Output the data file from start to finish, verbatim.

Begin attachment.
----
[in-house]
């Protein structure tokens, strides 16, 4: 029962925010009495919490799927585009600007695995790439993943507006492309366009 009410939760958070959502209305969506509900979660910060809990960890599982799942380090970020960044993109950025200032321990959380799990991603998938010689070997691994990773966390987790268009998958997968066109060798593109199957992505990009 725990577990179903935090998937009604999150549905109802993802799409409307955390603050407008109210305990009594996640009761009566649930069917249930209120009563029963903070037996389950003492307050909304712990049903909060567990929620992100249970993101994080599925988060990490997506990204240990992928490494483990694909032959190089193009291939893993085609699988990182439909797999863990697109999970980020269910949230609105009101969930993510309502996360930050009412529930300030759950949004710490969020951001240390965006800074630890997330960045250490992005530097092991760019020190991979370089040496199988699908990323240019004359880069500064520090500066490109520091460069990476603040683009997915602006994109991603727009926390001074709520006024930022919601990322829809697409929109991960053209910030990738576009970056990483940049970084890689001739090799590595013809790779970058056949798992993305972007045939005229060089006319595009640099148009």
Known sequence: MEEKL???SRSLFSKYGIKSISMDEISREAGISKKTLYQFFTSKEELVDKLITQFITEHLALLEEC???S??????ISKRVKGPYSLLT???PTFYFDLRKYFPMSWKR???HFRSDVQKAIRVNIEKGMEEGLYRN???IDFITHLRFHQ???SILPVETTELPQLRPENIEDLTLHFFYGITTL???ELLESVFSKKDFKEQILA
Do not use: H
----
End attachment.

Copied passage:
[in-house]
């Protein structure tokens, strides 16, 4: 029962925010009495919490799927585009600007695995790439993943507006492309366009 009410939760958070959502209305969506509900979660910060809990960890599982799942380090970020960044993109950025200032321990959380799990991603998938010689070997691994990773966390987790268009998958997968066109060798593109199957992505990009 725990577990179903935090998937009604999150549905109802993802799409409307955390603050407008109210305990009594996640009761009566649930069917249930209120009563029963903070037996389950003492307050909304712990049903909060567990929620992100249970993101994080599925988060990490997506990204240990992928490494483990694909032959190089193009291939893993085609699988990182439909797999863990697109999970980020269910949230609105009101969930993510309502996360930050009412529930300030759950949004710490969020951001240390965006800074630890997330960045250490992005530097092991760019020190991979370089040496199988699908990323240019004359880069500064520090500066490109520091460069990476603040683009997915602006994109991603727009926390001074709520006024930022919601990322829809697409929109991960053209910030990738576009970056990483940049970084890689001739090799590595013809790779970058056949798992993305972007045939005229060089006319595009640099148009």
Known sequence: MEEKL???SRSLFSKYGIKSISMDEISREAGISKKTLYQFFTSKEELVDKLITQFITEHLALLEEC???S??????ISKRVKGPYSLLT???PTFYFDLRKYFPMSWKR???HFRSDVQKAIRVNIEKGMEEGLYRN???IDFITHLRFHQ???SILPVETTELPQLRPENIEDLTLHFFYGITTL???ELLESVFSKKDFKEQILA
Do not use: H